Valerie Bell

Explaining the impact that attorney and civic volunteer Valerie Bell has had on education in St. Louis can be a little complicated.

But her husband, Kelvin Westbrook, a successful business consultant and board chair of BJC HealthCare, has a helpful analogy. The St. Louis Public School District is like an elephant, he said, and there are various people who want to help move this elephant in the right direction by donating funds. In the past, some were pushing at the trunk and others at the legs.

“The elephant, consequently, didn’t move at all,” Westbrook said.

When Bell became the board chair of the St. Louis Public School Foundation eight years ago, she did some research, listened to the school district community, and decided to completely upend how the foundation – which is in charge of managing donations to the district – had been operating. What Bell did was lead the foundation in coming up with four main areas where funders could plug in, essentially making sure that people were all pushing in the same direction.

“In the past, we would listen to what funders wanted to see happen,” said Jane Donahue, president of the foundation. “Val was reversing that paradigm and making sure we were responding to what was most needed by students.”

Bell ensured that educators, the superintendent and parents had a voice in shaping the four main areas that the foundation would focus on, Donahue said.

“We picked these four areas because we knew they would mean a lot to the community: early childhood education, college and career readiness, great school leaders and addressing student well-being,” Donahue said.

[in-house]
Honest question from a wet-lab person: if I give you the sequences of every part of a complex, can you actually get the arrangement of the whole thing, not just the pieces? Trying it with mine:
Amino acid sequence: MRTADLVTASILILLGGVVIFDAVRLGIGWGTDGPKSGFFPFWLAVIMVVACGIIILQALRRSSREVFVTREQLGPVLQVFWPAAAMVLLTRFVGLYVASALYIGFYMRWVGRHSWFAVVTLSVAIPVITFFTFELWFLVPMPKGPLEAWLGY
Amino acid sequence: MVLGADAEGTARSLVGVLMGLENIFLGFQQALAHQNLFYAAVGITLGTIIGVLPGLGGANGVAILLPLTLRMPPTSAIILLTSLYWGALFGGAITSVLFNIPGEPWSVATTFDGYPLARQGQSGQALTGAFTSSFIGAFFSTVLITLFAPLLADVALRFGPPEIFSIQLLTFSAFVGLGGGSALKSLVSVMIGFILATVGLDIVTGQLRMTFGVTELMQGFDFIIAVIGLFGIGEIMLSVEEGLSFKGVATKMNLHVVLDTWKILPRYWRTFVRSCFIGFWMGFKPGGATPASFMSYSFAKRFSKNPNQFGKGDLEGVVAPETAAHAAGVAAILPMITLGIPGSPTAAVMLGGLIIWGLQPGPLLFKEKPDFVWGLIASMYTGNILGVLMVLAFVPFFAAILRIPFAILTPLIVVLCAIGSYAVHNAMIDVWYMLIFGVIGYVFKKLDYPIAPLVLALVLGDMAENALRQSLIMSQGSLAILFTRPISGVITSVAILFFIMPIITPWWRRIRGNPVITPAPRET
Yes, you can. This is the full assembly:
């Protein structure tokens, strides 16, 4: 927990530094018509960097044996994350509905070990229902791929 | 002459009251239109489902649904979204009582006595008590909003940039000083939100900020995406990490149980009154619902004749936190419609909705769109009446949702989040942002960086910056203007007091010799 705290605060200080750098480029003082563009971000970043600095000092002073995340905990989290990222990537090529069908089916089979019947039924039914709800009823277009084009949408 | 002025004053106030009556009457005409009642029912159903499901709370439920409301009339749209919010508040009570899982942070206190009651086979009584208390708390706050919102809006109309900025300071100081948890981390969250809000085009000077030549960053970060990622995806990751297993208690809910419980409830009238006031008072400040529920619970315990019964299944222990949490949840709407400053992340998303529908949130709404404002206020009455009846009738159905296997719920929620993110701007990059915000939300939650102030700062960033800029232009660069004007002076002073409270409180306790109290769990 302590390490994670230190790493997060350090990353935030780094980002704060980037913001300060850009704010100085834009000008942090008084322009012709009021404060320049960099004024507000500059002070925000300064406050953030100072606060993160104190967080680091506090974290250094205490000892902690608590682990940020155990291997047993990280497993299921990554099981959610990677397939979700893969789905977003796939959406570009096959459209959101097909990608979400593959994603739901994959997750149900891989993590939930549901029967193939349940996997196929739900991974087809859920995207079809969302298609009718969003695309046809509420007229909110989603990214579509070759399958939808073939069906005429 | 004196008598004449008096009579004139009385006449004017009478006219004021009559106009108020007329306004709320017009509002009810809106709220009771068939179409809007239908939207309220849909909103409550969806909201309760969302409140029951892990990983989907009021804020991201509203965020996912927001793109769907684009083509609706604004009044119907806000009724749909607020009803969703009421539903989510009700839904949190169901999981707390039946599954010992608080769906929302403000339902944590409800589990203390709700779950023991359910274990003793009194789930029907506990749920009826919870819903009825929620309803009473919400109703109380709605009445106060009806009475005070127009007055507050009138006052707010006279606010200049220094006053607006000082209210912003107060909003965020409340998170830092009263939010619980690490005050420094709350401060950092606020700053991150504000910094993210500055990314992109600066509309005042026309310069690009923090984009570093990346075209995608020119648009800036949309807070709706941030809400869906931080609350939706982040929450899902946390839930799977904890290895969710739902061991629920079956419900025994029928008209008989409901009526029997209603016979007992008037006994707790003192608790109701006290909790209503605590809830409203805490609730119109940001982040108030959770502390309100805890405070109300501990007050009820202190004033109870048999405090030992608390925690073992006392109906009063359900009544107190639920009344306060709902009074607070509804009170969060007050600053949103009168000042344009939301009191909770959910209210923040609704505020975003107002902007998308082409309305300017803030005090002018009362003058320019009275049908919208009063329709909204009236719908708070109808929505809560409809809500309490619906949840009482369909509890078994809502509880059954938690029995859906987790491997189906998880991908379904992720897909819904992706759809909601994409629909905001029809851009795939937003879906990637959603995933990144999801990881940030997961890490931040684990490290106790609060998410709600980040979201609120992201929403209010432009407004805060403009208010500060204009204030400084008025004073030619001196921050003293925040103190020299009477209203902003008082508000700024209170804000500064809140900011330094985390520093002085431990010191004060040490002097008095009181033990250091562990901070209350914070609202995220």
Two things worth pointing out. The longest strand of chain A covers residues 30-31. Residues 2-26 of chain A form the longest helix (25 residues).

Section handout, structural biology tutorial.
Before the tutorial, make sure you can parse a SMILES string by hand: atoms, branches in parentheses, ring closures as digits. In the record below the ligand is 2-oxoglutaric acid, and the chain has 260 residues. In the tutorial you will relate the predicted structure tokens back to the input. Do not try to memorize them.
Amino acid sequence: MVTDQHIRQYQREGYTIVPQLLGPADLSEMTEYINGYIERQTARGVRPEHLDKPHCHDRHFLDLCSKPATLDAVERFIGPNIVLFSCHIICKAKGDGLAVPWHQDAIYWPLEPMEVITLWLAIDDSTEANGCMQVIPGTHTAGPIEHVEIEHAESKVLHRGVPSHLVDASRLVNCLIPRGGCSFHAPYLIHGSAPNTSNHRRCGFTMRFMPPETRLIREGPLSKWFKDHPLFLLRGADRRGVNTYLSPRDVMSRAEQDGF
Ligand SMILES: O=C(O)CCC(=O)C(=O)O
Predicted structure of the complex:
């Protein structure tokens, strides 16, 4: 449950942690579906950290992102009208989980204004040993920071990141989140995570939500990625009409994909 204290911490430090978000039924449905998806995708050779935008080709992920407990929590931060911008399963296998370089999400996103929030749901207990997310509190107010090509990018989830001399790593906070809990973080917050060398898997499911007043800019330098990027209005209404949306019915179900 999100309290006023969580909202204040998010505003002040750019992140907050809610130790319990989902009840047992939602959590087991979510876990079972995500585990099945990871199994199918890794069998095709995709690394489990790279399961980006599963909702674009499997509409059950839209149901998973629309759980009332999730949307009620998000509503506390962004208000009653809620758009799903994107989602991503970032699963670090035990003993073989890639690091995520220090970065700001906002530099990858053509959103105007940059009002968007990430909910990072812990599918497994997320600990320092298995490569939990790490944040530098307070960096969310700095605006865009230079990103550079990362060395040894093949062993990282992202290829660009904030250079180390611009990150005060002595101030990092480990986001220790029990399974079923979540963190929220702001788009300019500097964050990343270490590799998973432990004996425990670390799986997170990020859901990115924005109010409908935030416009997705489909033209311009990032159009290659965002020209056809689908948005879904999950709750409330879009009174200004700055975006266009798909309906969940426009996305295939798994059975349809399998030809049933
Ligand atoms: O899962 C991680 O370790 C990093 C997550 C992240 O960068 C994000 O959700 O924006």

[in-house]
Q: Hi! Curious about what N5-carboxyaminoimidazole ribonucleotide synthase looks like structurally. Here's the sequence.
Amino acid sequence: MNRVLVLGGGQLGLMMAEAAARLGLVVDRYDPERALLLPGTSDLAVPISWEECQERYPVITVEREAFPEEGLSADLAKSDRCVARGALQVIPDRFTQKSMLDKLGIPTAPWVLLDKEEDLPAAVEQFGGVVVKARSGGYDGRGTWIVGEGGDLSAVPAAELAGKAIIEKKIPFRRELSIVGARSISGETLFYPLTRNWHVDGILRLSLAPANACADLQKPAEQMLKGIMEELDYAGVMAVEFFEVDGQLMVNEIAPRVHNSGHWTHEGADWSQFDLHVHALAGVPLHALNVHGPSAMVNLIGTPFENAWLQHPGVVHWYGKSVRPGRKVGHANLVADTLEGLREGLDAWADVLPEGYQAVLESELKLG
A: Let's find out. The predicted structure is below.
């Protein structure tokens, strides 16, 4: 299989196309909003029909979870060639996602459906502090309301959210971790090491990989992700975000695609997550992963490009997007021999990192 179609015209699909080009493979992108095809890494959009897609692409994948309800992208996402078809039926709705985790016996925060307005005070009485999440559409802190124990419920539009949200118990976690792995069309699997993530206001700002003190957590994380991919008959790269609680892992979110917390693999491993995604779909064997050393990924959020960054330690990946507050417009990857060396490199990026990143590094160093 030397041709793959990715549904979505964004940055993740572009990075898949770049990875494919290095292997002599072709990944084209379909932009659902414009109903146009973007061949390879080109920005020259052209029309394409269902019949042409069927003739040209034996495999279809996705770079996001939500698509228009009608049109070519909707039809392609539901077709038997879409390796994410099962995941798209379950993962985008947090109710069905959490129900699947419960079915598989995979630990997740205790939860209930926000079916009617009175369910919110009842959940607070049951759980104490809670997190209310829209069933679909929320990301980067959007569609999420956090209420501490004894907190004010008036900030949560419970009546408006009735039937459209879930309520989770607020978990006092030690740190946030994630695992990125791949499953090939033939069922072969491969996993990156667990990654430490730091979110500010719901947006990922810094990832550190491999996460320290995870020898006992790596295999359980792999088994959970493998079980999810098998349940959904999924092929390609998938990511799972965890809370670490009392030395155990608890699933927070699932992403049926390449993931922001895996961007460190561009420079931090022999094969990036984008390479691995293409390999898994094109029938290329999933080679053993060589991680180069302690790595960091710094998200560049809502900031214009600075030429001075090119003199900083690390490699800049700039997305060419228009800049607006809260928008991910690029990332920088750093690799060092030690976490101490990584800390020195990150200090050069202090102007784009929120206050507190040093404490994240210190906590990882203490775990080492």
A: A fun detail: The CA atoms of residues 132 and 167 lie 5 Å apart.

Under Bell’s leadership, the foundation has helped to expand the district’s early childhood education program so now more than 2,100 children have access to quality preschools, she said. The foundation had made sure that there are college counselors and ACT prep classes for all SLPS high-school students.

“She’s helped us make sure that we can attract the best possible principals and support their innovative ideas,” Donahue said, “and to make sure we are connecting our families to the health resources they need. So now we have mental health therapists and embedded school nurses. All of this is her vision and creation. She has driven and inspired our board to wake up every day, thinking about how we can do more for students in the St. Louis Public Schools.”

Because of her transformative work with the SLPS Foundation and many other educational initiatives, Bell is receiving the Stellar Performer in Education Award at the 32nd Annual Salute to Excellence in Education Gala, held at the America’s Center on Saturday, Sept. 21.

“Valerie Bell has been a lightning rod for change in the St. Louis community,” said Kelvin Adams, SLPS superintendent. “I am ecstatic that she’s receiving this award. It’s an award that speaks to the notion that people who have resources can and should give back, and she’s done that. She’s really made a difference in terms of revisioning the foundation and motivating persons in this community to care greatly about what happens in the St. Louis Public School District. But more importantly, to care greatly about the kids in the City of St. Louis.”